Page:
Then in the fall, the stock was returned to the valley or the sheep to the desert. So each man did what he could find a job doing. Where earlier the sheep and cattle men were bitter enemies, by 1920 they had been forced to each help the other and most ranchers ran both sheep and cattle. The past winter had been exceptionally cold. Nineteen sheep herders had frozen to death on the red desert and most of the available ranch hands had been pressed into service to round up the herds and to haul feed by six team wagons to feed the snow starved critters. The only cash crop was the lambs, beef and wool produced by the animals and the entire effort of the valley was geared to produce the animals and feed them to market time.
In between breaking horses, the men were busy watering or irrigating the field. The grain, alfalfa, and a few of the higher meadows had to be watered. Even the irrigating be came a horse chore. There was on the ranch an old sorrel mare named Dubby. Which was always ridden to irrigate because she would immediately start eating when stopped and would stay right there eating until the rider returned; no need to tie her. In fact, she was Dad’s race horse and he never lost a bet. He would bet any man in the county that if riding along and stopped, Old Dubby would take a mouth full of grass before the other horse. The standard bet was a candy bar.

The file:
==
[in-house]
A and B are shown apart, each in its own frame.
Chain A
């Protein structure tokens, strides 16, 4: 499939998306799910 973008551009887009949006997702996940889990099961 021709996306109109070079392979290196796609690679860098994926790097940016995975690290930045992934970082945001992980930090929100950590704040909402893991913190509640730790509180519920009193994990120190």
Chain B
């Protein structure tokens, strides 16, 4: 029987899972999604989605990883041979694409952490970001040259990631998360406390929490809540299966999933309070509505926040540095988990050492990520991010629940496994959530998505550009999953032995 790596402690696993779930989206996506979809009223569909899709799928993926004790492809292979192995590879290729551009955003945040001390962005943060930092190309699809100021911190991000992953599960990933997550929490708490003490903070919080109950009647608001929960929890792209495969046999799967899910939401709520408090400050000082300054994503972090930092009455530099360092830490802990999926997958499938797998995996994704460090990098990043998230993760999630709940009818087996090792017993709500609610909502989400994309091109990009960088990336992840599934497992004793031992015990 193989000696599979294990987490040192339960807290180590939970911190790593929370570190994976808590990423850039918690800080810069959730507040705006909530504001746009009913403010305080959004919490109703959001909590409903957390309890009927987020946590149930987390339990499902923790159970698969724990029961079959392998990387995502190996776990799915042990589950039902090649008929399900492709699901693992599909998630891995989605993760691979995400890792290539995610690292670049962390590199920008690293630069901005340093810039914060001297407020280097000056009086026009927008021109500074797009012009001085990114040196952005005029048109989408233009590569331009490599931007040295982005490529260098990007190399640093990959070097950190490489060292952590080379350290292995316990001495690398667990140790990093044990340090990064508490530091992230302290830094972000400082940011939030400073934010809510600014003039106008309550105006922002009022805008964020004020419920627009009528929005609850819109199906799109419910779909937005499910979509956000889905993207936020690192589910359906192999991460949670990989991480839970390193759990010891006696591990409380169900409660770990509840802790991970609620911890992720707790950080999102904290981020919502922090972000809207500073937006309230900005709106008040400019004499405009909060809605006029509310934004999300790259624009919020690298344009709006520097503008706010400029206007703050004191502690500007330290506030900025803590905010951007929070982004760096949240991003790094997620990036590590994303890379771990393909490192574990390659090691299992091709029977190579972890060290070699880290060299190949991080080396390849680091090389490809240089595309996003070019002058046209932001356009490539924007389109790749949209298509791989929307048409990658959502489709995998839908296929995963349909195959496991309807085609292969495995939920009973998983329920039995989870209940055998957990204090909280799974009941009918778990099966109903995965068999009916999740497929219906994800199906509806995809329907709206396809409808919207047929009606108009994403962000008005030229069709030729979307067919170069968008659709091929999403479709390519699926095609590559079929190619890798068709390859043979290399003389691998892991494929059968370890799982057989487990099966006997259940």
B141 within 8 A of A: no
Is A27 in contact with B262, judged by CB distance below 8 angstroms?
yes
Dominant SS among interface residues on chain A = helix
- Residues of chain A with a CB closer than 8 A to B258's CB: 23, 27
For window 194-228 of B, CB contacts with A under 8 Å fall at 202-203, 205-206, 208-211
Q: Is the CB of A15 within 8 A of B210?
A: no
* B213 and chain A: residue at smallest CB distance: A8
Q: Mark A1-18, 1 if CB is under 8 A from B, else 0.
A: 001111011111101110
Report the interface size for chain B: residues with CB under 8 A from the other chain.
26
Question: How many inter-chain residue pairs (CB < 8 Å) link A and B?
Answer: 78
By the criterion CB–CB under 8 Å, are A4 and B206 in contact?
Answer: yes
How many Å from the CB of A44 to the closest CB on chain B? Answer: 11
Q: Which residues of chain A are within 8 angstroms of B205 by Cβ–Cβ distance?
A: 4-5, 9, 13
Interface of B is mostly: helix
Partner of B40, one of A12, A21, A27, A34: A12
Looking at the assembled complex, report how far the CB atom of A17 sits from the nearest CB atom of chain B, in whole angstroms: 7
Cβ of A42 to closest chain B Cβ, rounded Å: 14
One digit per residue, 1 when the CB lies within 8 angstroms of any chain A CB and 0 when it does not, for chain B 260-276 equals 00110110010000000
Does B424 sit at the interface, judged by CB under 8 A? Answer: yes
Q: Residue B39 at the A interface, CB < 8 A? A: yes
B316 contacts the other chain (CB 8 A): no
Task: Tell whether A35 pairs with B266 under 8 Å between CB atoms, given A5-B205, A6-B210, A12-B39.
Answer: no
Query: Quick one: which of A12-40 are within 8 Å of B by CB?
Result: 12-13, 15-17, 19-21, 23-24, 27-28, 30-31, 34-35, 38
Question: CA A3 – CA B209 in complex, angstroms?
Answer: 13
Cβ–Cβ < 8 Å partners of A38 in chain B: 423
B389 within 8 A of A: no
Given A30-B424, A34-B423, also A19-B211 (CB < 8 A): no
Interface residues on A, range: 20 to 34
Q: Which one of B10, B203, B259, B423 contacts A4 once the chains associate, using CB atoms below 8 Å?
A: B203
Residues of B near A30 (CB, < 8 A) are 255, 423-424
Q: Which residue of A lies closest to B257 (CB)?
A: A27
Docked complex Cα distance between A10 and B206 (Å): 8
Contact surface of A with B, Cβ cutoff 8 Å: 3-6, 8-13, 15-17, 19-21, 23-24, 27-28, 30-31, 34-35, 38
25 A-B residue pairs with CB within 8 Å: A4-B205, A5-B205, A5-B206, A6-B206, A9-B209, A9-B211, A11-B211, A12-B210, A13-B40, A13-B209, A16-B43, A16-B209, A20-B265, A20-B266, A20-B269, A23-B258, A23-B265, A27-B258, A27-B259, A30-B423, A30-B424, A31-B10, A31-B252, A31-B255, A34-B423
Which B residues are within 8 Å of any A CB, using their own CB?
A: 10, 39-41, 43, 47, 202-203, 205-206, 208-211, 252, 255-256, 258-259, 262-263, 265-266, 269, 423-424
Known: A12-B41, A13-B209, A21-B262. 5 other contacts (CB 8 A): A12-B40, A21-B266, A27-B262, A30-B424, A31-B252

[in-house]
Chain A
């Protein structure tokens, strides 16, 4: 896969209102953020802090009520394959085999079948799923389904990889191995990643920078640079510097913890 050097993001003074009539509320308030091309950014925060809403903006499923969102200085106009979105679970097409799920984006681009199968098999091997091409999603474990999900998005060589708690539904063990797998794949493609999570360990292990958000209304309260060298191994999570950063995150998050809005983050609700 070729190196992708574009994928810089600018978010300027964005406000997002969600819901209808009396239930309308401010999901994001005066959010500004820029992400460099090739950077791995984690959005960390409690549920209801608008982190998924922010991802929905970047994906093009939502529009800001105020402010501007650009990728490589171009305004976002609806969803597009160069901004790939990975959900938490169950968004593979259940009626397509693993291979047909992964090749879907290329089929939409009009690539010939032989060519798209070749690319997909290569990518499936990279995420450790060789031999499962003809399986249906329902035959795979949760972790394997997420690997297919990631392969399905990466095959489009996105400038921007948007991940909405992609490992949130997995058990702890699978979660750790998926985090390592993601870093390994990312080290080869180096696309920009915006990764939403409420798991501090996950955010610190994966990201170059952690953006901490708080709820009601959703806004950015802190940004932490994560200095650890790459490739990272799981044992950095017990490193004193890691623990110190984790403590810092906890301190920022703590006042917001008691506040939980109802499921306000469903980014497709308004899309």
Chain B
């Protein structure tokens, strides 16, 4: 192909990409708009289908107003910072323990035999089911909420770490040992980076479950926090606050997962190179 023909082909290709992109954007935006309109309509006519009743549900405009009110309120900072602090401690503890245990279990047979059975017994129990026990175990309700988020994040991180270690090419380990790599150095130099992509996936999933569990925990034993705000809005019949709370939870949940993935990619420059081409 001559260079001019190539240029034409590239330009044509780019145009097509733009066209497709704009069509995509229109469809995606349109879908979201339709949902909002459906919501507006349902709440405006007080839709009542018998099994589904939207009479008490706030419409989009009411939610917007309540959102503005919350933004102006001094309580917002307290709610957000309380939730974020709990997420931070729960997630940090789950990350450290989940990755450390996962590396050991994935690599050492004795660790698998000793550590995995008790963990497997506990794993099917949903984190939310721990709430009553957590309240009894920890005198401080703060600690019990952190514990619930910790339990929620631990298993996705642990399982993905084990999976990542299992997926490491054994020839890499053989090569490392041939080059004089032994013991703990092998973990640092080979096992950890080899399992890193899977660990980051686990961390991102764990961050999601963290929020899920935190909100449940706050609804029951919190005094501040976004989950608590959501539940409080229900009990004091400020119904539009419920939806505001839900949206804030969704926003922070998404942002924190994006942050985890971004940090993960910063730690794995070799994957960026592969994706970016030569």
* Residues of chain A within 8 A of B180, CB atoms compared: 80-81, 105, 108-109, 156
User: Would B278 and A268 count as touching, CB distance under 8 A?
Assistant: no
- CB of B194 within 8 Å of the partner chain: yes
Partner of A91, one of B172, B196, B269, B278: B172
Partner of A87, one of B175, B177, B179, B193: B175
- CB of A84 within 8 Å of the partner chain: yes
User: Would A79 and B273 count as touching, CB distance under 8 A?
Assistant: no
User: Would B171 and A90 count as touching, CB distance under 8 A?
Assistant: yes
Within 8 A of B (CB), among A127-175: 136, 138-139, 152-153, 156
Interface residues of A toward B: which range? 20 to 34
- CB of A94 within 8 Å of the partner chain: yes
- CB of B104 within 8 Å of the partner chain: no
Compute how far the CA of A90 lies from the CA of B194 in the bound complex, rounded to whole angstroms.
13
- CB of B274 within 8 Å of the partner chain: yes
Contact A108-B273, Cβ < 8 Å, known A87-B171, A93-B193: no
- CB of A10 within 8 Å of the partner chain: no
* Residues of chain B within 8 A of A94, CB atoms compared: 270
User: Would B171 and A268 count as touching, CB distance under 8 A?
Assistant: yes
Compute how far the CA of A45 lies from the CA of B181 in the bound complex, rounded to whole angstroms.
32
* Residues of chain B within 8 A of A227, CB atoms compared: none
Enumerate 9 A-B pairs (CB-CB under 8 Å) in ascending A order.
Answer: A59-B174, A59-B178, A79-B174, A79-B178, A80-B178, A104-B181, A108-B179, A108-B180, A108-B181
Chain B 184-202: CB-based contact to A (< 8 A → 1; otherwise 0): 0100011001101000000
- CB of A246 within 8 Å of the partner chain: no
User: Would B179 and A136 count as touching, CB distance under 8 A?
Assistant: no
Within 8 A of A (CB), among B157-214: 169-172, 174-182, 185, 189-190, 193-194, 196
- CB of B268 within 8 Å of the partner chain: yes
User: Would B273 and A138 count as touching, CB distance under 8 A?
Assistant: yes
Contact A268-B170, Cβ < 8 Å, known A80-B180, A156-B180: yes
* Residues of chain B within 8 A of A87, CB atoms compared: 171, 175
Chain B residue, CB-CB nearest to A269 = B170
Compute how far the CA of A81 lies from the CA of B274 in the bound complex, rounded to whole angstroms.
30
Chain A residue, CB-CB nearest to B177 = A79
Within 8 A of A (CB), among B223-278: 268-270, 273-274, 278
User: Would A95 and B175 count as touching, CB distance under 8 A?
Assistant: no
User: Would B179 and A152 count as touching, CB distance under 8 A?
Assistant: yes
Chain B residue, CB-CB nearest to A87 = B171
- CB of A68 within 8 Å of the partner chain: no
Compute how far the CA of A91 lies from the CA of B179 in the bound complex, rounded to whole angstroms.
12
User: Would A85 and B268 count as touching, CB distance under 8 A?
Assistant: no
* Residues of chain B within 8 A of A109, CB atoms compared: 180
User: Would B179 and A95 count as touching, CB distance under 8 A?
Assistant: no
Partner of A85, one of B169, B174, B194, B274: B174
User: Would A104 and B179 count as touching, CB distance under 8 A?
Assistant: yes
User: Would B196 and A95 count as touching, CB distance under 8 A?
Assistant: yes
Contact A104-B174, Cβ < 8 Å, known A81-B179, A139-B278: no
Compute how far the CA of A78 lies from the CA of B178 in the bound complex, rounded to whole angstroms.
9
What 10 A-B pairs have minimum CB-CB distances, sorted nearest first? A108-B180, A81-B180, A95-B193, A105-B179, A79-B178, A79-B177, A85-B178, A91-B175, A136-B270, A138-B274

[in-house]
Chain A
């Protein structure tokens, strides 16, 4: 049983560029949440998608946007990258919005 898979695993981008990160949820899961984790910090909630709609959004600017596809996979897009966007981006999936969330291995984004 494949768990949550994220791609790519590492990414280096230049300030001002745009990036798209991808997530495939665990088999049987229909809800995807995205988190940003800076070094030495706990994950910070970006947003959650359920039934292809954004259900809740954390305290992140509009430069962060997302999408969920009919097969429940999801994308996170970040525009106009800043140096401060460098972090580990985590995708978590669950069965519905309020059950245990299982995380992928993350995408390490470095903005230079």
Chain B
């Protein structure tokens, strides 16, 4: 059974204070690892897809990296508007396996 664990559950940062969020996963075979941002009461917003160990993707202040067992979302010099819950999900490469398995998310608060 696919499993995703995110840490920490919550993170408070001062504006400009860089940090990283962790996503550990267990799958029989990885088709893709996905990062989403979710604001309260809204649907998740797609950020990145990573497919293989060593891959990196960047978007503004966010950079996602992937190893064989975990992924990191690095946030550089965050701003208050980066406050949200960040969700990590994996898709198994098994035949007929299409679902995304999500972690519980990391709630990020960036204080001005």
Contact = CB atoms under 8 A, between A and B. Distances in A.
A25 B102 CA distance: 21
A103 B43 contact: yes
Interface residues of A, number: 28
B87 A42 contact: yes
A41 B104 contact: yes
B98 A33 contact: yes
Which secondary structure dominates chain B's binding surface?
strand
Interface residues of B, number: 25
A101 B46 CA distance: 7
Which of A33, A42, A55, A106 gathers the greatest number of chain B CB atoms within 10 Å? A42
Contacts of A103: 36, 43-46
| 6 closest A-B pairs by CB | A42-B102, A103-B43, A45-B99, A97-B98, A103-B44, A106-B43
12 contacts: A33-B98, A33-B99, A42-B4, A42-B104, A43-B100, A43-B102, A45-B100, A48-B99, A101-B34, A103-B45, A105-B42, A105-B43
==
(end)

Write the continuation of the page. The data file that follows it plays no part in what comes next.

In the last week of June, the mowers would start cutting the alfalfa hay. The alfalfa was on higher ground and therefore, drier and because we could get two crops of alfalfa. On the hay crews, three mowers worked together. The fastest team would start out a head and leave the other just far enough behind to be clear at the corners. Then round and round they went. Dad initiated an eight hour working day, the first in the county. Of course, this meant hitched up and rolling. In addition, the horses had to be wrangled, caught, harnessed, and ridden or led to the field and hitched up before. Most of the ranchers went 10 hours plus these chores. At noon, the mowers would return to their teams to the barn, unharness that team, catch and harness the afternoon team and be ready to go by one o’clock.
The drivers wore the usual jeans and denim jackets of all cowhands, with the usual 10 gallon hat. In those times, the costume was required for a different reason—mosquitoes! The mosquitoes were so bad a man couldn’t work without the denim clothing and gloves. In addition, the big hat kept the necessary mosquito net off the driver’s face. All the horses were equipped with a protective flap on the bridles. It was a piece of leather across the horses’ nose and cut into vertical strips. As the horse walked along, he would develop a habit of flipping his flap up and down to keep the mosquitoes from his nose and eyes.
Sometimes the mosquitoes would be so thick they would get in a horse’s nostrils and choke it so bad they would have to stop to let the horse get its breath. If the mowing machines were below the horizon you knew where they were and if they were working by the cloud of mosquitoes overhead.